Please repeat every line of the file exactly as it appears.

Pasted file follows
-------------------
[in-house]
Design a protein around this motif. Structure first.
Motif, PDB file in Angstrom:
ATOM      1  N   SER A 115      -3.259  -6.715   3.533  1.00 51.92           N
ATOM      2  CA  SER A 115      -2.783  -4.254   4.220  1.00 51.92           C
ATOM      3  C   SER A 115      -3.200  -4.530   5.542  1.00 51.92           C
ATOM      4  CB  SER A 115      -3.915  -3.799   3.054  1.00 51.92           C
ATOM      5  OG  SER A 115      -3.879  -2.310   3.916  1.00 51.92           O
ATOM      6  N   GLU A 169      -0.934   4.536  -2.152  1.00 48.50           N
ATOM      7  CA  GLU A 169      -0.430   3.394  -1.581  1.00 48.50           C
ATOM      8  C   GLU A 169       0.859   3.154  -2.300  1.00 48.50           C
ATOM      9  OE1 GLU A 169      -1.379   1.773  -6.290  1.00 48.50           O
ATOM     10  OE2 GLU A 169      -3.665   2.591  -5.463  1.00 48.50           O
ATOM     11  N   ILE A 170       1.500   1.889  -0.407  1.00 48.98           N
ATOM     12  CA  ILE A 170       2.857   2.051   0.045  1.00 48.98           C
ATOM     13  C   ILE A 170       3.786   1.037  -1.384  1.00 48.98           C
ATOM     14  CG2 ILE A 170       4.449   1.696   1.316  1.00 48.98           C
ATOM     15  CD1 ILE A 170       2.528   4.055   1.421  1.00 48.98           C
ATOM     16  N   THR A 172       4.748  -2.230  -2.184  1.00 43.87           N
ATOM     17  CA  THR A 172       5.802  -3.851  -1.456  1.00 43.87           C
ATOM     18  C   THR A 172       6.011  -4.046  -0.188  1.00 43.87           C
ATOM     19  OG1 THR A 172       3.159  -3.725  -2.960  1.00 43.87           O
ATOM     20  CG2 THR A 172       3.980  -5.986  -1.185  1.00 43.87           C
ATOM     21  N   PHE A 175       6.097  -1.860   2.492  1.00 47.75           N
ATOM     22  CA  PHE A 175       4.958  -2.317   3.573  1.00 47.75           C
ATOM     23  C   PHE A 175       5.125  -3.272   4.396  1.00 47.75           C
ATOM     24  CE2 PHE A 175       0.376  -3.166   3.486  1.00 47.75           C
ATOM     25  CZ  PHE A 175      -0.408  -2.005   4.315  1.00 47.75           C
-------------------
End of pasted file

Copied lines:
[in-house]
Design a protein around this motif. Structure first.
Motif, PDB file in Angstrom:
ATOM      1  N   SER A 115      -3.259  -6.715   3.533  1.00 51.92           N
ATOM      2  CA  SER A 115      -2.783  -4.254   4.220  1.00 51.92           C
ATOM      3  C   SER A 115      -3.200  -4.530   5.542  1.00 51.92           C
ATOM      4  CB  SER A 115      -3.915  -3.799   3.054  1.00 51.92           C
ATOM      5  OG  SER A 115      -3.879  -2.310   3.916  1.00 51.92           O
ATOM      6  N   GLU A 169      -0.934   4.536  -2.152  1.00 48.50           N
ATOM      7  CA  GLU A 169      -0.430   3.394  -1.581  1.00 48.50           C
ATOM      8  C   GLU A 169       0.859   3.154  -2.300  1.00 48.50           C
ATOM      9  OE1 GLU A 169      -1.379   1.773  -6.290  1.00 48.50           O
ATOM     10  OE2 GLU A 169      -3.665   2.591  -5.463  1.00 48.50           O
ATOM     11  N   ILE A 170       1.500   1.889  -0.407  1.00 48.98           N
ATOM     12  CA  ILE A 170       2.857   2.051   0.045  1.00 48.98           C
ATOM     13  C   ILE A 170       3.786   1.037  -1.384  1.00 48.98           C
ATOM     14  CG2 ILE A 170       4.449   1.696   1.316  1.00 48.98           C
ATOM     15  CD1 ILE A 170       2.528   4.055   1.421  1.00 48.98           C
ATOM     16  N   THR A 172       4.748  -2.230  -2.184  1.00 43.87           N
ATOM     17  CA  THR A 172       5.802  -3.851  -1.456  1.00 43.87           C
ATOM     18  C   THR A 172       6.011  -4.046  -0.188  1.00 43.87           C
ATOM     19  OG1 THR A 172       3.159  -3.725  -2.960  1.00 43.87           O
ATOM     20  CG2 THR A 172       3.980  -5.986  -1.185  1.00 43.87           C
ATOM     21  N   PHE A 175       6.097  -1.860   2.492  1.00 47.75           N
ATOM     22  CA  PHE A 175       4.958  -2.317   3.573  1.00 47.75           C
ATOM     23  C   PHE A 175       5.125  -3.272   4.396  1.00 47.75           C
ATOM     24  CE2 PHE A 175       0.376  -3.166   3.486  1.00 47.75           C
ATOM     25  CZ  PHE A 175      -0.408  -2.005   4.315  1.00 47.75           C